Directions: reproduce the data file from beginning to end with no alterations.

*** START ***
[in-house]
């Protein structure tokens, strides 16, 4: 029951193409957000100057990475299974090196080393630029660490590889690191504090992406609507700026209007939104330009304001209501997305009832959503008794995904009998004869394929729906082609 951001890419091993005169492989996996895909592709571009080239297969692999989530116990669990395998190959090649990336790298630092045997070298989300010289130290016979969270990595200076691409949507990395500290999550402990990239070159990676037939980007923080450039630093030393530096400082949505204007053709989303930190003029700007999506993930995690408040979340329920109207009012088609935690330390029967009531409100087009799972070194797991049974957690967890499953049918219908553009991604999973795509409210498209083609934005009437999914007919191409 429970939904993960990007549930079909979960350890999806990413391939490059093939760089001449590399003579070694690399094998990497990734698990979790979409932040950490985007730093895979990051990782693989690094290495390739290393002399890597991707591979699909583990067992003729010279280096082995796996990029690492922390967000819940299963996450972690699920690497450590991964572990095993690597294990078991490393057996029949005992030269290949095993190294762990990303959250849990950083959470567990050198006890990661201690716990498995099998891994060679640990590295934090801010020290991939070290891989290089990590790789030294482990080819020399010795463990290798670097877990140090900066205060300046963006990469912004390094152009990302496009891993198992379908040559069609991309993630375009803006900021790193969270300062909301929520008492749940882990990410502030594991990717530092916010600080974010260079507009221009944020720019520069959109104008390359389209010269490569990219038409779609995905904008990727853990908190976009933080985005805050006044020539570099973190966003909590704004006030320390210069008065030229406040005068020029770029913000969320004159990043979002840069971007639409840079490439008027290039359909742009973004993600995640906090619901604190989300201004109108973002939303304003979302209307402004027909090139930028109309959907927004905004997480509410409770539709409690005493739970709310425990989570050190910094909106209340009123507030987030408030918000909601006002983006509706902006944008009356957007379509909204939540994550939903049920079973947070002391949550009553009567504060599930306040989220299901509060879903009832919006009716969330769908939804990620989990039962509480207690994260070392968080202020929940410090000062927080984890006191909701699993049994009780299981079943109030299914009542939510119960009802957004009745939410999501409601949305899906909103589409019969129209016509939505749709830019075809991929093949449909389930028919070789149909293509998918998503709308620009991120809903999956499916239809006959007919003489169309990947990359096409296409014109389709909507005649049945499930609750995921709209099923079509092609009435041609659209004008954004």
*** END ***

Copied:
[in-house]
């Protein structure tokens, strides 16, 4: 029951193409957000100057990475299974090196080393630029660490590889690191504090992406609507700026209007939104330009304001209501997305009832959503008794995904009998004869394929729906082609 951001890419091993005169492989996996895909592709571009080239297969692999989530116990669990395998190959090649990336790298630092045997070298989300010289130290016979969270990595200076691409949507990395500290999550402990990239070159990676037939980007923080450039630093030393530096400082949505204007053709989303930190003029700007999506993930995690408040979340329920109207009012088609935690330390029967009531409100087009799972070194797991049974957690967890499953049918219908553009991604999973795509409210498209083609934005009437999914007919191409 429970939904993960990007549930079909979960350890999806990413391939490059093939760089001449590399003579070694690399094998990497990734698990979790979409932040950490985007730093895979990051990782693989690094290495390739290393002399890597991707591979699909583990067992003729010279280096082995796996990029690492922390967000819940299963996450972690699920690497450590991964572990095993690597294990078991490393057996029949005992030269290949095993190294762990990303959250849990950083959470567990050198006890990661201690716990498995099998891994060679640990590295934090801010020290991939070290891989290089990590790789030294482990080819020399010795463990290798670097877990140090900066205060300046963006990469912004390094152009990302496009891993198992379908040559069609991309993630375009803006900021790193969270300062909301929520008492749940882990990410502030594991990717530092916010600080974010260079507009221009944020720019520069959109104008390359389209010269490569990219038409779609995905904008990727853990908190976009933080985005805050006044020539570099973190966003909590704004006030320390210069008065030229406040005068020029770029913000969320004159990043979002840069971007639409840079490439008027290039359909742009973004993600995640906090619901604190989300201004109108973002939303304003979302209307402004027909090139930028109309959907927004905004997480509410409770539709409690005493739970709310425990989570050190910094909106209340009123507030987030408030918000909601006002983006509706902006944008009356957007379509909204939540994550939903049920079973947070002391949550009553009567504060599930306040989220299901509060879903009832919006009716969330769908939804990620989990039962509480207690994260070392968080202020929940410090000062927080984890006191909701699993049994009780299981079943109030299914009542939510119960009802957004009745939410999501409601949305899906909103589409019969129209016509939505749709830019075809991929093949449909389930028919070789149909293509998918998503709308620009991120809903999956499916239809006959007919003489169309990947990359096409296409014109389709909507005649049945499930609750995921709209099923079509092609009435041609659209004008954004």